[Histonet] Von Kossa staining on PMMA sections

Jack Ratliff ratliffjack <@t> hotmail.com
Thu Mar 12 13:39:59 CDT 2009



For MMA embedded specimens (MMA +DBP), I first deplastify my sections, hydrate to water, stain in 5% silver nitrate solution for 5 minutes (in the dark), wash times three changes in DI H2O (in the dark), develop in sodium-carbonate formaldehyde solution for 2 minutes (in the dark), wash times two in DI H2O (back under normal lighting conditions), then stop the reaction in sodium thiosulfate + potassium ferricyanide solution for 30 seconds, and immediately rinse in running tap water for 15 minutes.


The Von Kossa reaction results from process above then yields black mineralized bone. After the tap water rinse, I generally counterstain with 2% MacNeal's tetrachrome for 5 minutes, rinse in DI H2O, and dehydrate to xylenes to coverslip. This then reveals immature bone formation or osteoid = grayish or jaded green, growth plate cartilage = purple, osteoblasts = blue, osteoclasts = blue-green, bloods cells = greenish, etc.


Feel free to contact me if you have any additional questions.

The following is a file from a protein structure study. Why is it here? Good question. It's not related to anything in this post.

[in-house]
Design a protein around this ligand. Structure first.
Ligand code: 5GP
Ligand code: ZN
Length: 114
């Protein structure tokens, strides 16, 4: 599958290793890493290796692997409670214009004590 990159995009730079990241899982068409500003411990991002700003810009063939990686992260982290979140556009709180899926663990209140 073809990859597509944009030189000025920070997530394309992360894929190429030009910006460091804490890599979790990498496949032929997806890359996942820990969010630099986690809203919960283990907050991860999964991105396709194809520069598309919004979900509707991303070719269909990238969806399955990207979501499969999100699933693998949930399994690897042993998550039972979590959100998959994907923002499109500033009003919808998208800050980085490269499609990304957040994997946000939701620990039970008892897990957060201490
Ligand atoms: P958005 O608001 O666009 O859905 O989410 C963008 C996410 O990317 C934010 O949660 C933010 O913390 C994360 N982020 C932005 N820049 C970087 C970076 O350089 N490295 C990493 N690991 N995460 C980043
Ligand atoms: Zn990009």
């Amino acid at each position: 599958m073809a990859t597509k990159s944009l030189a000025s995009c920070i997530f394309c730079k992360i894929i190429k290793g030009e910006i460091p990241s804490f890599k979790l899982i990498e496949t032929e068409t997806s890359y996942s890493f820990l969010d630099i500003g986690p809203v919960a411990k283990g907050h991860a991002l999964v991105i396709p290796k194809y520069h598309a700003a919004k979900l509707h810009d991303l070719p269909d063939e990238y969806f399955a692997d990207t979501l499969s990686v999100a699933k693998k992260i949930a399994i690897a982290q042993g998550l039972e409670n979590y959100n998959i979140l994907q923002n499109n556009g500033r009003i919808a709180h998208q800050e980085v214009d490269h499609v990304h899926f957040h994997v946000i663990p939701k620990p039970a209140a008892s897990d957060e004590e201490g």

> Date: Thu, 12 Mar 2009 11:19:49 -0400
> From: PMonfils <@t> Lifespan.org
> To: histonet <@t> lists.utsouthwestern.edu
> Subject: [Histonet] Von Kossa staining on PMMA sections
> The standard Von Kossa silver stain for calcium calls for 20 minutes in the silver nitrate solution under UV light. There is a modified Von Kossa for plastic embedded bone sections, which is identical except it calls for a minimum of 6 hours in the silver nitrate solution under UV. Does anyone know why such a long staining time is recommended? Visually the calcium in the bone sections turns black within 20 minutes, so why is so much additional time needed? Thanks.
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